PermaLink Some days it's just nice03/26/2008 09:52 PM
Some days, it's just nice to sit and think about new stuff.  I spent today sketching out a new change-control system we could deploy in about a day.  Nothing huge and fancy, but a heck of a lot more usable than stuff we were shown last week.  Something we can live with.

Right now it's late, and I'm watching the "panic! at the roller disco" scene toward the end of one of Charles Bronson's Death Wish movies. The first one or two of the series were fun to watch, but after a while the whole series got tired. It was obvious Bronson was getting older and less suited toward running around shooting the shit out of everything. I liked Mr. Majestyk, which was definitely fun to watch. Ford used outtakes from that movie for years to show how "tough" Ford pickups were when you abused them all to hell.

But about "change control." Realistically, the whole phrase is illustrative about how confused "management" can get. You don't "control" change. The only real control you can exert is to stop it entirely, and then sit and wait while your users desert you for something that changes. The real goal with change is to steer it. Guide it toward what's the best for the most people, and away from niches that might be favored by a vocal few but which will give the majority of users severe diahrrea. Toward "good" change and away from "bad" change. And over the years, I've seen pretty consistently that "management" doesn't know the difference, but the engineers do. A lot of people in "management" get the idea that they know better than the engineers because, well, they wouldn't have been placed in a position "over" the engineers if they didn't know better, right?

Not really. In too many organizations, the people who end up in "management" are merely the ones who like to tell others what to do, not the ones who are best able to to do it. They're often the people who just weren't doing anything particularly critical at the moment, so they were pulled into "management." The people who actually had it on the ball were too important to be taken out of their line of work.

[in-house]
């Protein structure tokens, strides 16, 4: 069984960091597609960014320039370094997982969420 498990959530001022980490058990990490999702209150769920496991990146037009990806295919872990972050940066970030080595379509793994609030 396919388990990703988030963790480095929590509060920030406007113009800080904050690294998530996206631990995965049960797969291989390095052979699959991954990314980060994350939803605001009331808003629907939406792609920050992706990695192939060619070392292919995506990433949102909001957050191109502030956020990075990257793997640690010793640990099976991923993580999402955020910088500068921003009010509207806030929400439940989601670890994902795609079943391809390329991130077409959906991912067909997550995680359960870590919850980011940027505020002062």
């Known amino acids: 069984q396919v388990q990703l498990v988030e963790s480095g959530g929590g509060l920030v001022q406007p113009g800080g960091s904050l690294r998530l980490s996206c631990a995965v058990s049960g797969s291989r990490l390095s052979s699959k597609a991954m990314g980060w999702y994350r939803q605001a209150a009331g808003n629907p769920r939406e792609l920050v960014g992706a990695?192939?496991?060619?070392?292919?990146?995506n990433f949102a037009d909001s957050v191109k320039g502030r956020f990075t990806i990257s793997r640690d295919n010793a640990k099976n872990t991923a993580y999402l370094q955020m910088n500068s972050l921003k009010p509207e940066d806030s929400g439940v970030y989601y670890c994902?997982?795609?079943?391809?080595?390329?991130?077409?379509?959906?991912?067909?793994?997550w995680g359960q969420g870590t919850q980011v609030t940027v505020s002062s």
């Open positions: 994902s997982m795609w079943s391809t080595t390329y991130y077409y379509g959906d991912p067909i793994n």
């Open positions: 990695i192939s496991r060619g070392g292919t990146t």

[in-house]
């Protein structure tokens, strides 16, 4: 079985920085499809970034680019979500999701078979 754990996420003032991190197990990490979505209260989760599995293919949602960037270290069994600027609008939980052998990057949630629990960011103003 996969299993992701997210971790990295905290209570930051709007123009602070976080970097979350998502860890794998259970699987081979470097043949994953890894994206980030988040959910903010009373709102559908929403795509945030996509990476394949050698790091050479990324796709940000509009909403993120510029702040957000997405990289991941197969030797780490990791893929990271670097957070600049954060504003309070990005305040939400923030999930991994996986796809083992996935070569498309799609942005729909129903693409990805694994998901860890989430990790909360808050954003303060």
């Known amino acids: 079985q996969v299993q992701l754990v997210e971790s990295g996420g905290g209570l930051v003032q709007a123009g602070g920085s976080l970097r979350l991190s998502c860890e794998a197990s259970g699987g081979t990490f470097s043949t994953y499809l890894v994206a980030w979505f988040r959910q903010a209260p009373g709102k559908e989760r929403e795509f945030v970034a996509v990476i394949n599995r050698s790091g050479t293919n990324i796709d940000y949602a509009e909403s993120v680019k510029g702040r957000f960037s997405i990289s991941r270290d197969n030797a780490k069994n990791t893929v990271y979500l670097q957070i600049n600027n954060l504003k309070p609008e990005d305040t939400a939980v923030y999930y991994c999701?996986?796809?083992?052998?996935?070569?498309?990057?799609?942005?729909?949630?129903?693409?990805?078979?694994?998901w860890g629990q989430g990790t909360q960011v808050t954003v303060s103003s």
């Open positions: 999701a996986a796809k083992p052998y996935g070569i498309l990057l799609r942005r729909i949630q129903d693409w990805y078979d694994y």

Does it seem like I rag on this topic too much? Sometimes I probably do. I am a big fan of flat, peer-driven organizations with a focus on results, not process, and I suppose my personal choice to stay in an organization that does exactly the opposite gives me a lame excuse to keep complaining, on the equally-lame assumption that I can do nothing about it all.

Well, maybe I can, and maybe I can't. But I know what I'm best at, and telling other people what to do and mismanaging change are not my finer skills.

You gotta know your limits.

Sorta like Charles Bronson.

Except he gets to blow people up with grenade launchers. I just get to write about them.

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1. Glen03/31/2008 11:03:24 PM
Homepage: http://thesalmonfarm.org


You say; "... You don't "control" change. The real goal with change is to steer it. Toward "good" change and away from "bad" change ..."management" doesn't know the difference, but the engineers do. "

But I say the real purpose of "change control" is to prevent the "manager wannabe an engineer" from messing up the whole works.




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